I carefully read the article and I found no sweeping dismissal of prayer and religion, just a long and credible list of outrages perpetrated against women.  Against this massive backdrop of abuse, Leila Ahmed's insistence on subtle nuances is a bit disingenuous.  The general gist of Eltahawy's detractors is to deflect her criticism by pretending that it's about religious beliefs that current orthodoxy does not allow us to challenge.

In this case the culture is a highly patriarchal, gender repressive society- is it insensitive to point this out? The trurth is often painful but necessary if a society can ever hope to evolve.

Where is the dismissal of religion in the article? I can't find it. I am not a Muslim, but I am well-acquainted with Islam and have great respect for it. I do not,however, believe we show respect for Islam by treating It as if it is not to be crticized as we would criticize any other group. What's more, this is an Arab (and presumably Muslim) woman who has written this article. Surely she can have views on life as she has known it. But beyond that she has given some pretty strong examples to support her argument.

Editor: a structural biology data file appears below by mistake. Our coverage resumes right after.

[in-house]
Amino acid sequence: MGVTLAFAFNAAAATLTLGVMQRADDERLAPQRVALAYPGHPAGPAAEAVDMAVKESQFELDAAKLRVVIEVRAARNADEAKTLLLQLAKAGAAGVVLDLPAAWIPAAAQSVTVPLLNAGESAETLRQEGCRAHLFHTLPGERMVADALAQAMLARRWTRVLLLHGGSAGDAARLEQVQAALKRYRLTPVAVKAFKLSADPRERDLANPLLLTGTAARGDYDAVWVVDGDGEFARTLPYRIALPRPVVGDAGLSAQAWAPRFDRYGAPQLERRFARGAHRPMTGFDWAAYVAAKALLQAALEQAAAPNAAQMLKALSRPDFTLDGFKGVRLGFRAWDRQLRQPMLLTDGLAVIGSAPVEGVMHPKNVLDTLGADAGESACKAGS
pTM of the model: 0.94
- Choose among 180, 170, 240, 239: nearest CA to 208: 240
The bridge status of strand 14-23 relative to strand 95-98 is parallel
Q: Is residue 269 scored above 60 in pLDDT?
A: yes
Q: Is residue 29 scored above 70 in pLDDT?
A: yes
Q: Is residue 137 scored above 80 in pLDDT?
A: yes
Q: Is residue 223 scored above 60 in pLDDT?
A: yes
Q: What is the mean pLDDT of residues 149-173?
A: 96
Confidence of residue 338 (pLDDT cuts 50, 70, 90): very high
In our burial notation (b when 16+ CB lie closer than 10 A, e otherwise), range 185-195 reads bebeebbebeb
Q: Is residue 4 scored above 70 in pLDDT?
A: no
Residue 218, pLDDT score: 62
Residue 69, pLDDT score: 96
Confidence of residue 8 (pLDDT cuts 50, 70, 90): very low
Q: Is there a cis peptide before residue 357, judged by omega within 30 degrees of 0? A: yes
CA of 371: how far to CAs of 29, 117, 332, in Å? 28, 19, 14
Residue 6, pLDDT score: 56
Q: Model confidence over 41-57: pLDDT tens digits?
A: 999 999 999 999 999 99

All very interesting but since seeing that picture all I can think about is banging that girl, all painted in black-- that's SOOO HOT!

Laugh, people. It's a freaking joke. Sheesh. No one has a sense of humor these days. (Well I guess I can understand, after 10+ years of nonstop warfare...). But still, laugh for Chrissakes...